Preferably, the distortion-imparting means is adjacent to the leading edge of the housing from which the sheet is fed onwards, and the surface area of said apertures is greatest in the zone to each side of said distortion-imparting means.
Preferably, the apertures in the housing surface are of chevron shape overall.
In a preferred embodiment, the apertures comprise a plurality of parallel slots, with longer slots towards the outside edges of the housing and shorter slots towards the centre.
The invention also relates to a suction head comprising one such suction device, with an endless belt on which the sheet is held encompassing the housing and arranged for intermittent advancing movement.
The invention also relates to a sheet feeding mechanism comprising such a suction head, means to support a stack of sheets adjacent to the belt, and a vacuum device connected to the housing and synchronised to operate in conjunction with advancing movements of the belt.
Preferably, the means to support the stack of sheets holds the sheets at an inclined feed angle related to an adjacent run of the belt.
In a preferred embodiment the sheet feeding mechanism includes air supply means to provide both a pulsed and a continuous flow of air towards the stack of sheets.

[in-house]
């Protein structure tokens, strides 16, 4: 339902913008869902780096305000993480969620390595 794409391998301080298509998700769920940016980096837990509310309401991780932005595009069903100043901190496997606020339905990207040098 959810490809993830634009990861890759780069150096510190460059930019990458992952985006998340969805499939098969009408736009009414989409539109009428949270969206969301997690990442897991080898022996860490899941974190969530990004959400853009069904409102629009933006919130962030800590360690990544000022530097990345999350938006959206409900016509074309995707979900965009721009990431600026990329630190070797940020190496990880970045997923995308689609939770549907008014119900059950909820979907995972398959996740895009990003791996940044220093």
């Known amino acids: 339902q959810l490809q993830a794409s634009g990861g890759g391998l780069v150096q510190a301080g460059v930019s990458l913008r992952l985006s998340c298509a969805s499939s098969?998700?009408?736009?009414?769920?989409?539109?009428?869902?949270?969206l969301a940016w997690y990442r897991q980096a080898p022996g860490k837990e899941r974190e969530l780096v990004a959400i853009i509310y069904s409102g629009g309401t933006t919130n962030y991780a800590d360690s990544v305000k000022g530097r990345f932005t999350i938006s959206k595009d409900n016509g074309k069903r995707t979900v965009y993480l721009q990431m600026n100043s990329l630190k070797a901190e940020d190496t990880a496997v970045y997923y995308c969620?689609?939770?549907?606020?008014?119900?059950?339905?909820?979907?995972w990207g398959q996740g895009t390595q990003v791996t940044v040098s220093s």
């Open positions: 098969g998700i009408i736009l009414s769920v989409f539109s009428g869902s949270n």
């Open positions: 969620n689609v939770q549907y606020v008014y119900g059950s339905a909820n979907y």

Preferably, a first continuous air flow is directed upwards at the leading edge of the stack, a second continuous air flow is directed towards the top sheet of the stack substantially parallel thereto, and a pulsed air flow is directed towards the leading edge of the top sheet in synchronism with the operation of the vacuum device and with the belt movements.
The advancing motion of the sheet material is synchronised with the timed application of suction preferably assisted by the external air flow which is preferably both pulsed and continuous. The timed application of suction is synchronised with an advancing movement of the belt.
The suction feeder is preferably positioned above the stack of sheets of material, with the sheets being lifted into contact with the belt for advancing movement.
Preferably, the sheets below the top sheet are positively restrained from movement towards the belt, for example by pivotable contact fingers.
Once set, the suction feeder of the present invention will function just by the timed application of suction and the driving of the belt. Adjustment of the feeder for different types of sheet material can be effected simply by adjustment of the distortion-creating means, for example by simple rotation of an eccentrically mounted wheel or roller.